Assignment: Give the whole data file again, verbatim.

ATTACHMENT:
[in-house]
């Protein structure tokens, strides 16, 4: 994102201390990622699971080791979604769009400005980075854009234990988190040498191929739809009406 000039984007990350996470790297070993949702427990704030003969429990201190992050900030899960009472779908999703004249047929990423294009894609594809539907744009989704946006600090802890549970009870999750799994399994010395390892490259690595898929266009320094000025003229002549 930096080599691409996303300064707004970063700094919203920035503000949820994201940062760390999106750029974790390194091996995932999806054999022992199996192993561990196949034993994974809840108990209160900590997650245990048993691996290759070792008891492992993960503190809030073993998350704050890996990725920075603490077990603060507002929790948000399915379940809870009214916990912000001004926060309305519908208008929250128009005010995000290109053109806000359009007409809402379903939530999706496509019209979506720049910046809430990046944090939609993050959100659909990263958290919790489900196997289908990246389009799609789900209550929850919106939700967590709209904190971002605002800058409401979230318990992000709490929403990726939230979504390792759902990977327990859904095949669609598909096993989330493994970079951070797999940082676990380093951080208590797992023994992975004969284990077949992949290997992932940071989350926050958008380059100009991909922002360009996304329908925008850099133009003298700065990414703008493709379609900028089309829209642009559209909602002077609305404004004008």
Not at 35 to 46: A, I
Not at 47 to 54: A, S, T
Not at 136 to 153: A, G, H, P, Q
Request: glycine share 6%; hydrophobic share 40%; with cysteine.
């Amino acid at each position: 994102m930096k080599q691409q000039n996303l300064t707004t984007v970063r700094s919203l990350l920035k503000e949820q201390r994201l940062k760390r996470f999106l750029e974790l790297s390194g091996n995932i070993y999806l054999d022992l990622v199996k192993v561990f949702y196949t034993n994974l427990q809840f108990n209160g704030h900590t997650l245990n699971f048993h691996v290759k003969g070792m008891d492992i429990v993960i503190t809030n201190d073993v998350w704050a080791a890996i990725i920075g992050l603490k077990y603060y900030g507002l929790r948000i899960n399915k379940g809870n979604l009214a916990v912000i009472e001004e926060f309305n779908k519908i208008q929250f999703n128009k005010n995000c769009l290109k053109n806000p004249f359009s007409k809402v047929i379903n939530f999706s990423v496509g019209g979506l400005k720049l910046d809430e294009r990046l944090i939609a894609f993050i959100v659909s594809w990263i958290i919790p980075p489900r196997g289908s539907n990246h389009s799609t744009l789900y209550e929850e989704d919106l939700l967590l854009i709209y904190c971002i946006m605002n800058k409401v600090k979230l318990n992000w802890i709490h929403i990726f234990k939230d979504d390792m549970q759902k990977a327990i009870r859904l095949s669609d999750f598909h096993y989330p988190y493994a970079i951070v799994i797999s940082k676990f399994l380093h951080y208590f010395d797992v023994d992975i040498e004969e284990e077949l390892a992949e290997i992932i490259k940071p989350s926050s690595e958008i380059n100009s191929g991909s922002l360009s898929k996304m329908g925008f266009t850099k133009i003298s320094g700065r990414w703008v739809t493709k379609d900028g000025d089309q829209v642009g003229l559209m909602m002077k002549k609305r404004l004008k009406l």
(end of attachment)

[in-house]
């Protein structure tokens, strides 16, 4: 994102201390990622699971080791979604769009400005980075854009234990988190040498191929739809009406 000039984007990350996470790297070993949702427990704030003969429990201190992050900030899960009472779908999703004249047929990423294009894609594809539907744009989704946006600090802890549970009870999750799994399994010395390892490259690595898929266009320094000025003229002549 930096080599691409996303300064707004970063700094919203920035503000949820994201940062760390999106750029974790390194091996995932999806054999022992199996192993561990196949034993994974809840108990209160900590997650245990048993691996290759070792008891492992993960503190809030073993998350704050890996990725920075603490077990603060507002929790948000399915379940809870009214916990912000001004926060309305519908208008929250128009005010995000290109053109806000359009007409809402379903939530999706496509019209979506720049910046809430990046944090939609993050959100659909990263958290919790489900196997289908990246389009799609789900209550929850919106939700967590709209904190971002605002800058409401979230318990992000709490929403990726939230979504390792759902990977327990859904095949669609598909096993989330493994970079951070797999940082676990380093951080208590797992023994992975004969284990077949992949290997992932940071989350926050958008380059100009991909922002360009996304329908925008850099133009003298700065990414703008493709379609900028089309829209642009559209909602002077609305404004004008």
Not at 35 to 46: A, I
Not at 47 to 54: A, S, T
Not at 136 to 153: A, G, H, P, Q
Request: glycine share 6%; hydrophobic share 40%; with cysteine.
């Amino acid at each position: 994102m930096k080599q691409q000039n996303l300064t707004t984007v970063r700094s919203l990350l920035k503000e949820q201390r994201l940062k760390r996470f999106l750029e974790l790297s390194g091996n995932i070993y999806l054999d022992l990622v199996k192993v561990f949702y196949t034993n994974l427990q809840f108990n209160g704030h900590t997650l245990n699971f048993h691996v290759k003969g070792m008891d492992i429990v993960i503190t809030n201190d073993v998350w704050a080791a890996i990725i920075g992050l603490k077990y603060y900030g507002l929790r948000i899960n399915k379940g809870n979604l009214a916990v912000i009472e001004e926060f309305n779908k519908i208008q929250f999703n128009k005010n995000c769009l290109k053109n806000p004249f359009s007409k809402v047929i379903n939530f999706s990423v496509g019209g979506l400005k720049l910046d809430e294009r990046l944090i939609a894609f993050i959100v659909s594809w990263i958290i919790p980075p489900r196997g289908s539907n990246h389009s799609t744009l789900y209550e929850e989704d919106l939700l967590l854009i709209y904190c971002i946006m605002n800058k409401v600090k979230l318990n992000w802890i709490h929403i990726f234990k939230d979504d390792m549970q759902k990977a327990i009870r859904l095949s669609d999750f598909h096993y989330p988190y493994a970079i951070v799994i797999s940082k676990f399994l380093h951080y208590f010395d797992v023994d992975i040498e004969e284990e077949l390892a992949e290997i992932i490259k940071p989350s926050s690595e958008i380059n100009s191929g991909s922002l360009s898929k996304m329908g925008f266009t850099k133009i003298s320094g700065r990414w703008v739809t493709k379609d900028g000025d089309q829209v642009g003229l559209m909602m002077k002549k609305r404004l004008k009406l």